Public face of Boulder landmark, Celestial Seasonings, remains closed

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Celestial Seasonings, a popular, longtime tourist attraction in Boulder that claims 2.1 million visitors, remains absent from the top things to see and do in the community.

And there’s no indication when any or all of the three public facets of the campus will be resurrected.

“We don’t have a timeline for reopening any of our public operations, or reopening our offices, but will continue to monitor the public health and safety situation over the coming months and reassess our options,” Tim Collins, vice president and general manager, said in an email.

The homegrown Celestial Seasonings on Sleepytime Drive in the Gunbarrel neighborhood stopped offering its free tea tours last March, as COVID-19 warped normal daily life.

A large gift shop and award-winning cafe also were closed to the public nearly a year ago.

“In order to protect our frontline operators, we closed all public operations, as well as shifted to a remote working environment for all nonessential staff,” Collins said.

As of November, the cafe, which had continued selling meals to employees, was shuttered, along with the gift shop that sold tea-related sundries and collectibles, assorted teas and accessories, and personal care products under the company umbrella.

Employees were allowed purchase inventory from the gift shop in the fall at “steeply discounted prices,” Collins said, “as many rely on the gift shop to purchase holiday gifts, and our timeline to reopen is uncertain.”

An undisclosed number of staff were laid off.

During the pandemic, the on-site factory has continued to churn out millions of boxes of Celestial’s specialty teas that are sold worldwide, as what Collins describes as “record levels of demand for Celestial Seasonings tea” hit the market.

With more people seeking the comforts of home, the Nasdaq-traded, New York-based Hain Celestial Group, Inc., has experienced banner sales.

The company posted four consecutive quarters of net sales growth, according to a quarterly investors’ report released last week.

Net sales in the second quarter, which ended Dec. 31, increased by 4% over the prior year to $528.4 million, with 20% adjusted gross profit growth over the second quarter of 2019, the company reported.

Some 100,000 tourists normally visit Celestial each year to take the tour, shop and eat at the cafe, which several times won “Best Corporate Café” from the Boulder Daily Camera.

The free, 30-minute tours, recognized by various online sites and publications as among the must-see destinations in Boulder, featured an introductory video followed by a guided trip through the manufacturing plant.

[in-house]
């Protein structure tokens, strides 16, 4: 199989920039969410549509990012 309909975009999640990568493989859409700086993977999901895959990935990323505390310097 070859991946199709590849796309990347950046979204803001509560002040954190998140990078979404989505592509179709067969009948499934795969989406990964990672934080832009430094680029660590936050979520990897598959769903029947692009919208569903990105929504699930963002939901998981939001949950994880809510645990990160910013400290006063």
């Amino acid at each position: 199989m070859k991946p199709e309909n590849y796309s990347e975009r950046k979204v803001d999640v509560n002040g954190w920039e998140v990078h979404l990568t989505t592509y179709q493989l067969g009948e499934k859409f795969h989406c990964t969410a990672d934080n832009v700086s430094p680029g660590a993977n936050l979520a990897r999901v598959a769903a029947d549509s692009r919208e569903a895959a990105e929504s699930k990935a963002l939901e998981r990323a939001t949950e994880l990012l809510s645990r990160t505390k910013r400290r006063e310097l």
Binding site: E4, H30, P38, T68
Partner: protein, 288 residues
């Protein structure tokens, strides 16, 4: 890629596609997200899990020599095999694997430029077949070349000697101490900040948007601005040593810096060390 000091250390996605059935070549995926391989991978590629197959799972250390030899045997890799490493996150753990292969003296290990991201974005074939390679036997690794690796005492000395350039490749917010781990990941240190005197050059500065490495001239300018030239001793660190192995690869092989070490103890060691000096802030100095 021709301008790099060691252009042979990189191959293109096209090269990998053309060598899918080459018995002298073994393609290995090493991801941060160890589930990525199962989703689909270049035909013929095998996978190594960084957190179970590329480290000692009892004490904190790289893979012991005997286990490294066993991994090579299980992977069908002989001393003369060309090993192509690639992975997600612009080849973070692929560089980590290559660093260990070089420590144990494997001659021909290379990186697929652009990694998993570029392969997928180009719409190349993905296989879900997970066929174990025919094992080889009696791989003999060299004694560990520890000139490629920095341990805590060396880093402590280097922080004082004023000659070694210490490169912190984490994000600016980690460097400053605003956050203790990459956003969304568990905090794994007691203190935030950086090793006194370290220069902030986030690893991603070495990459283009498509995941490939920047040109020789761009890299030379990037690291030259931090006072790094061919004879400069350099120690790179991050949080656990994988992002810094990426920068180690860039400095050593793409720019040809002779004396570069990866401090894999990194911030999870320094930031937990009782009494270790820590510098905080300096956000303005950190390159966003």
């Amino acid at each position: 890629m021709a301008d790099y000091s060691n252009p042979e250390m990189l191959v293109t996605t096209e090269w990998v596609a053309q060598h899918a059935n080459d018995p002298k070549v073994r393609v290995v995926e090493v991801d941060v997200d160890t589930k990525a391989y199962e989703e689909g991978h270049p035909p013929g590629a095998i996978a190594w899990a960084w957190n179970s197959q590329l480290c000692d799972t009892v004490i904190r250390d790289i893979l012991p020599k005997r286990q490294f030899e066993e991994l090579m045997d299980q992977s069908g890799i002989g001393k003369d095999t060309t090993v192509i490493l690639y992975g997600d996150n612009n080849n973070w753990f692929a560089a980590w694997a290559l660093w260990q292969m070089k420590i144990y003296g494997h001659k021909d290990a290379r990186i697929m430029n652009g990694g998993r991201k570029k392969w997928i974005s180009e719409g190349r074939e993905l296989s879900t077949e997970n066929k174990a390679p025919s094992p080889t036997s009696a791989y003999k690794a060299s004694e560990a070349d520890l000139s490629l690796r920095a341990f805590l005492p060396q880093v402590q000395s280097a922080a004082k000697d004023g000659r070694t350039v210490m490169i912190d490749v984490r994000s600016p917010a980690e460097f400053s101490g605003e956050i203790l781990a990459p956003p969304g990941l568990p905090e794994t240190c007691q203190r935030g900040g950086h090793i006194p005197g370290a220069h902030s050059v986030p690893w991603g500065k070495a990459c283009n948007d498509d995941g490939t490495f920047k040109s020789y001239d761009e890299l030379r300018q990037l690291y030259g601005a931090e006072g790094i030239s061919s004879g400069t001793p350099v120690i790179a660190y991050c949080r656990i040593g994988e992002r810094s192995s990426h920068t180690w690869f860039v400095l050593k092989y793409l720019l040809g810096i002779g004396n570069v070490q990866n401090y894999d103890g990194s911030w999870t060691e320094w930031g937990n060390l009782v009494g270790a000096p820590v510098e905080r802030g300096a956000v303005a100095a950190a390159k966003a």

Tourists often spoke of the memorable “mint room,” where breathing deeply of the pungent smell of dried mint leaves left a lasting impression.

In recent months, vacant land Celestial owns adjacent to its headquarters has caused concern among northeast Boulder residents, who have objected to a 268-unit apartment development proposed to be built on the site.

Displacing prairie dogs, putting residential housing on land zoned for industrial use, increased traffic, danger to bicyclists and the lack of municipal services in the area were among the grievances neighbors aired.

The roots of the 52-year-old Celestial Seasonings extend to 1969, when Boulder entrepreneur Mo Siegel handpicked wild herbs in the mountains and concocted the first blends, which he sold to health food stores.

The flagship Sleepytime tea with a snoozing cartoon bear on the box was introduced in 1972 and still claims the title of “the best-selling specialty tea of all time,” according to the company’s website.

Kraft Inc. purchased Celestial in 1984. Five years later, Celestial management and Vestar Capital Partners bought it back in a leveraged buyout.

Celestial merged with The Hain Food Group in 2000 and became a subsidiary of The Hain Celestial Group, headquartered in Lake Success, N.Y. 

The group acquires and divests of companies on an ongoing basis, currently having stake in 40 natural-product brands including Terra chips, Greek Gods yogurt, Garden of Eatin’ snacks, MaraNatha nut butters and others.

The company also owns personal care product lines such as Jason, Avalon Organics, Earth’s Best and Live Clean.

Celestial, now the largest herbal tea producer in North America, is banking on the pandemic creating long-term behaviorial changes, which include drinking more tea, according to a press release issued in January, when 14 new tea blends were announced. 

Those include Energy Tea, which contains as much caffeine as a cup of coffee, and new organic wellness teas such as Sleep, the first tea sold in the United States to have melatonin as an ingredient.